This Sunday we are wrapping up our Questions of Jesus series with one last question of Jesus: “Do you love me?” This powerful question is from John 21:15-19, which tells the story of Jesus’ restoration of Peter.
This week we look to another one of Jesus’s appearances to the disciples after his resurrection, and what it shows us about how he wants to encourage and restore us— even in the midst of great trial— so we may be sent out to share his grace and truth with the rest of the world.
Our story this week story invites us to encounter the living Jesus like the disciples did on the road to Emmaus, and asks us to open our eyes to him more and more.
This Easter Sunday we look at the story of when Mary, weeping over Jesus’s death, is confronted by the man she is mourning. The story speaks to the power and impact of the resurrection for all of us, not just for Mary, but for the whole world.
In the question Jesus asks that we’re exploring this week, “Can you drink the cup I’m going to drink?”, we see the contrast between what was expected of Jesus and what he will actually go on to do, foretelling how ultimately Jesus came to serve instead of be served, giving his life as a ransom for many.
As we’ve been seeing throughout our series, Jesus uses questions to connect deeply with people. This week in particular, the question we’ll look at shows how much Jesus presses the hearer to fuller self-exploration.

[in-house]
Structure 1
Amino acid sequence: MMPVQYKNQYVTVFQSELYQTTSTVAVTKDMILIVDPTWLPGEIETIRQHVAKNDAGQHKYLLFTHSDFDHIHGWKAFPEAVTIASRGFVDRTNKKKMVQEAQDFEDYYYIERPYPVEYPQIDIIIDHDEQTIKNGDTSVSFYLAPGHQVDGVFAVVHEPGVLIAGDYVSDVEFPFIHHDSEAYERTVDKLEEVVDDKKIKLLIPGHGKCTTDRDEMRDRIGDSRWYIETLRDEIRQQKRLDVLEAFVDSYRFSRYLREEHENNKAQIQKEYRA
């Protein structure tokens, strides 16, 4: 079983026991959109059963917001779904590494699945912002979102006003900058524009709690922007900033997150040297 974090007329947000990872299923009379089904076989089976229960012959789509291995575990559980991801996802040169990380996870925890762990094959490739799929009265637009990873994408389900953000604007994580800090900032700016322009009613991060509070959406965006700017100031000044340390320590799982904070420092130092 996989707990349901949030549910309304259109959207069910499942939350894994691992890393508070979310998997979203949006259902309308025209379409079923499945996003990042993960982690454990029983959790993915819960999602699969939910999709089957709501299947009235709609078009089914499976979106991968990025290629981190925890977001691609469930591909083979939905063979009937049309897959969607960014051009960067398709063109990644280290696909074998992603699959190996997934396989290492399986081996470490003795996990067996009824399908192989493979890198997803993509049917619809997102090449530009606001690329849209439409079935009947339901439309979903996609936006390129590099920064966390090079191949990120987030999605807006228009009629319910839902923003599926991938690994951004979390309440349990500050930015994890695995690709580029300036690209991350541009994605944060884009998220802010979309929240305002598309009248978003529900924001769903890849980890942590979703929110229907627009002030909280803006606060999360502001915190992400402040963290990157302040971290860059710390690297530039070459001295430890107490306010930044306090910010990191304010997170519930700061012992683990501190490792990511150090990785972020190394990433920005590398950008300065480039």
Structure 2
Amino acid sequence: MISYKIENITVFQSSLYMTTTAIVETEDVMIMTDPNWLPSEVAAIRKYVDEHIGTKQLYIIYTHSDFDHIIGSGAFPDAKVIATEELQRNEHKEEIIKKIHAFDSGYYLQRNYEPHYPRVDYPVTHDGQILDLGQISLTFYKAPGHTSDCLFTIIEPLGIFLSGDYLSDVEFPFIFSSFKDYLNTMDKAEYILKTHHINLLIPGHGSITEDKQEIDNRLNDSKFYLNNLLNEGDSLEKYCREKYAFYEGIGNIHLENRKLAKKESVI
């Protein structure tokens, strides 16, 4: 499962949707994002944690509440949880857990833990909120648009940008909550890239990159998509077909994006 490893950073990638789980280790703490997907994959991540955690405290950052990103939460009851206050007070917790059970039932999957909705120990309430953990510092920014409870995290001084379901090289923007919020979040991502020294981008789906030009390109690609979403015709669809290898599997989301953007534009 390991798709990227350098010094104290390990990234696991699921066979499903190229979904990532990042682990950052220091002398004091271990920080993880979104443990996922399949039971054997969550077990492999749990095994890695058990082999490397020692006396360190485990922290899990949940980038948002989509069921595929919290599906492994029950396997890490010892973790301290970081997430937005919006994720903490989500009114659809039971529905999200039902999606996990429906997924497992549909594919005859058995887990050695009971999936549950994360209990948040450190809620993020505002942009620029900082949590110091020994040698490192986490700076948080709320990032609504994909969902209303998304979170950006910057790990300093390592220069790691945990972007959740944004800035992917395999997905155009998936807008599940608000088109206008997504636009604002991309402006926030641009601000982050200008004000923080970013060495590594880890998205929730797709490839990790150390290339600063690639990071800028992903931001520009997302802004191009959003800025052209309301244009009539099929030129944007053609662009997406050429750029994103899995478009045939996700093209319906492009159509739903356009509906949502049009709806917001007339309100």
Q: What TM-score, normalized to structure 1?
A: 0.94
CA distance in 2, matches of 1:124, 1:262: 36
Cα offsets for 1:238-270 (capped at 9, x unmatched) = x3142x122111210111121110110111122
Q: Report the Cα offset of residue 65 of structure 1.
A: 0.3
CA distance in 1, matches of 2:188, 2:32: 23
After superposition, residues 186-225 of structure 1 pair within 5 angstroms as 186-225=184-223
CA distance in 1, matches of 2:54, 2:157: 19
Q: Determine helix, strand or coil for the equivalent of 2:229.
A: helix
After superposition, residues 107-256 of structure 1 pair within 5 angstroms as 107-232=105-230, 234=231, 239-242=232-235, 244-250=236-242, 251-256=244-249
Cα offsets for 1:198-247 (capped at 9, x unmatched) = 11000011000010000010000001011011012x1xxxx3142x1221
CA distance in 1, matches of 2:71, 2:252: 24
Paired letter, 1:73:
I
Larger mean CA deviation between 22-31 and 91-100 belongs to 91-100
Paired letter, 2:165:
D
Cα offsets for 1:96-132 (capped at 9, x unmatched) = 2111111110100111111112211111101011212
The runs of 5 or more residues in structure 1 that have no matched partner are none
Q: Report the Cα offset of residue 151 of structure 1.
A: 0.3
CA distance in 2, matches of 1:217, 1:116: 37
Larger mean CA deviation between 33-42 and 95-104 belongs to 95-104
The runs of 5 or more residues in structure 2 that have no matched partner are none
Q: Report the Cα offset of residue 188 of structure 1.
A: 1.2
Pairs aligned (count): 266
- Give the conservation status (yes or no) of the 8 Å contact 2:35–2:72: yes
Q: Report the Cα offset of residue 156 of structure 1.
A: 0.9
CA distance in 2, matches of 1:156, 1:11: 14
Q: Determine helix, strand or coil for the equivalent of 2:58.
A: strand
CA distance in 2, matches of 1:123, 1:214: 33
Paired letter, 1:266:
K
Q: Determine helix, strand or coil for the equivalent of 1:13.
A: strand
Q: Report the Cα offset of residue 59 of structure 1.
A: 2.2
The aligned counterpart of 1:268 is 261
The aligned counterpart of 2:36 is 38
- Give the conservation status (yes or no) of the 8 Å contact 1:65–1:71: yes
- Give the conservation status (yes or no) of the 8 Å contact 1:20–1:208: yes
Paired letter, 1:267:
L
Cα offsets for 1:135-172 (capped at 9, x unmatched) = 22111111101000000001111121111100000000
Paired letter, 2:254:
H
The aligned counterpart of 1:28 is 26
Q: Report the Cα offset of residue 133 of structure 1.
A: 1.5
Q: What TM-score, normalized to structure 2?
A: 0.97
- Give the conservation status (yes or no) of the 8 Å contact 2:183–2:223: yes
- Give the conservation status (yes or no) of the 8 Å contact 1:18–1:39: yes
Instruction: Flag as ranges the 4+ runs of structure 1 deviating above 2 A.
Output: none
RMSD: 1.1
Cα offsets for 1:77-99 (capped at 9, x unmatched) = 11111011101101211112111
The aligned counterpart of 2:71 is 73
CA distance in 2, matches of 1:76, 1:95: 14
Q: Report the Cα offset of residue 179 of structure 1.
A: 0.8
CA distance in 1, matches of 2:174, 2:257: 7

The next question of Jesus that we’re looking at is: ‘who do you say that I am?’ At first, this question seems to be about identity— who he is— but as we’ll explore together, it’s also the turning point for him to begin to live out what he came to do.
The question we look at this week is: Do you want to get well?
This week, we’re exploring the question behind one of the most well-known passages in the Sermon on the Mount: why do you worry?
This week, we’ll look at the question that Jesus asks that gets to the heart of one the most complex and intimate places of our lives: our families.
This week’s question that Jesus asks of the woman caught in adultery will have us exploring who we allow to condemn us, and who we allow ourselves to condemn.
This week, we’ll be looking at Jesus’ response to the chronically ill and desperate woman who reaches out to him for healing, and how his question to her calls her out of the margins and into wholeness and healing.
In our second week of this series, we’ll look at Jesus’s question to his disciples while they are on a boat in the middle of a storm: why are you so afraid? We’ll explore our fear, and what role faith has to play in the midst of it.
Jesus asked more than 300 questions in the four gospels! Why does he ask so many questions? Sometimes he does it as a teaching tool, but more often, he does so to engage people in a real relationship. Join us as we begin this series looking at one of his questions a week.